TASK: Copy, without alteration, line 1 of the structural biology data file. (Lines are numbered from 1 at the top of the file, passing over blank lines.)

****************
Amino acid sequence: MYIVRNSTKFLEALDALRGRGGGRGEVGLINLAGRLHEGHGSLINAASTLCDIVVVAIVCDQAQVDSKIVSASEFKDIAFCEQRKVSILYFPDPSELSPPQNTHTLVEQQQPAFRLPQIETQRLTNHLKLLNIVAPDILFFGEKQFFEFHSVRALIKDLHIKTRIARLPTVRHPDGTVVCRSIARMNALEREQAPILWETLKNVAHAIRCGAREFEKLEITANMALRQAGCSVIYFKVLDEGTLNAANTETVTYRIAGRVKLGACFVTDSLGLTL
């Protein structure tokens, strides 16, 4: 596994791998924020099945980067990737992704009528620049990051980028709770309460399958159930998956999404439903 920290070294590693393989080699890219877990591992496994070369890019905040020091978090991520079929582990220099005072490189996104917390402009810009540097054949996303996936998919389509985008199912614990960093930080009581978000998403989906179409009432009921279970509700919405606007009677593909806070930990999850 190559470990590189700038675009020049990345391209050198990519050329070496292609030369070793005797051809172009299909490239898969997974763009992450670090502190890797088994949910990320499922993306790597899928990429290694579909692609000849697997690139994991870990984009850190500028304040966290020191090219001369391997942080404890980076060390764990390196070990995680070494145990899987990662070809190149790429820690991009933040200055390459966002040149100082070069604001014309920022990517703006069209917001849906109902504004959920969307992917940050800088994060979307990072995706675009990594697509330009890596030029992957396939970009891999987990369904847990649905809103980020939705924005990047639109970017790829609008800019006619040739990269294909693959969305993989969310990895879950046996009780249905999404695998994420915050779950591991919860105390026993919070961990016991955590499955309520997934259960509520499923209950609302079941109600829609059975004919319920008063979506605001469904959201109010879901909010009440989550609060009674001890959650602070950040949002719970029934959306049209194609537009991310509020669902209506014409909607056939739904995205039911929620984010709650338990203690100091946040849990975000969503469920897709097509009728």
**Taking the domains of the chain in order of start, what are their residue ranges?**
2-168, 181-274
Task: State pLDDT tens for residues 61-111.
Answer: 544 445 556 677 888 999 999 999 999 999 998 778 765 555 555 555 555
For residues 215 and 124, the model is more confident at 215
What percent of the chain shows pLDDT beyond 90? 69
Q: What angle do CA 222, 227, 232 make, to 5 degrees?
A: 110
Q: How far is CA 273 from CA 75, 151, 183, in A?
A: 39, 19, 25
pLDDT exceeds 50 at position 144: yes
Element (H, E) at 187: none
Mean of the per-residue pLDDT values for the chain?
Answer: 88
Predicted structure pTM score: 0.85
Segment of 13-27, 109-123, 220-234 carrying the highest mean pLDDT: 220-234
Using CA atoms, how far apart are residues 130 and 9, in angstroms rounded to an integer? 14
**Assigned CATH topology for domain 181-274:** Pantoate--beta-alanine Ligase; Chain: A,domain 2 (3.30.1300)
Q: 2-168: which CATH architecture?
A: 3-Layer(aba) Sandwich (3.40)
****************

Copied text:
Amino acid sequence: MYIVRNSTKFLEALDALRGRGGGRGEVGLINLAGRLHEGHGSLINAASTLCDIVVVAIVCDQAQVDSKIVSASEFKDIAFCEQRKVSILYFPDPSELSPPQNTHTLVEQQQPAFRLPQIETQRLTNHLKLLNIVAPDILFFGEKQFFEFHSVRALIKDLHIKTRIARLPTVRHPDGTVVCRSIARMNALEREQAPILWETLKNVAHAIRCGAREFEKLEITANMALRQAGCSVIYFKVLDEGTLNAANTETVTYRIAGRVKLGACFVTDSLGLTL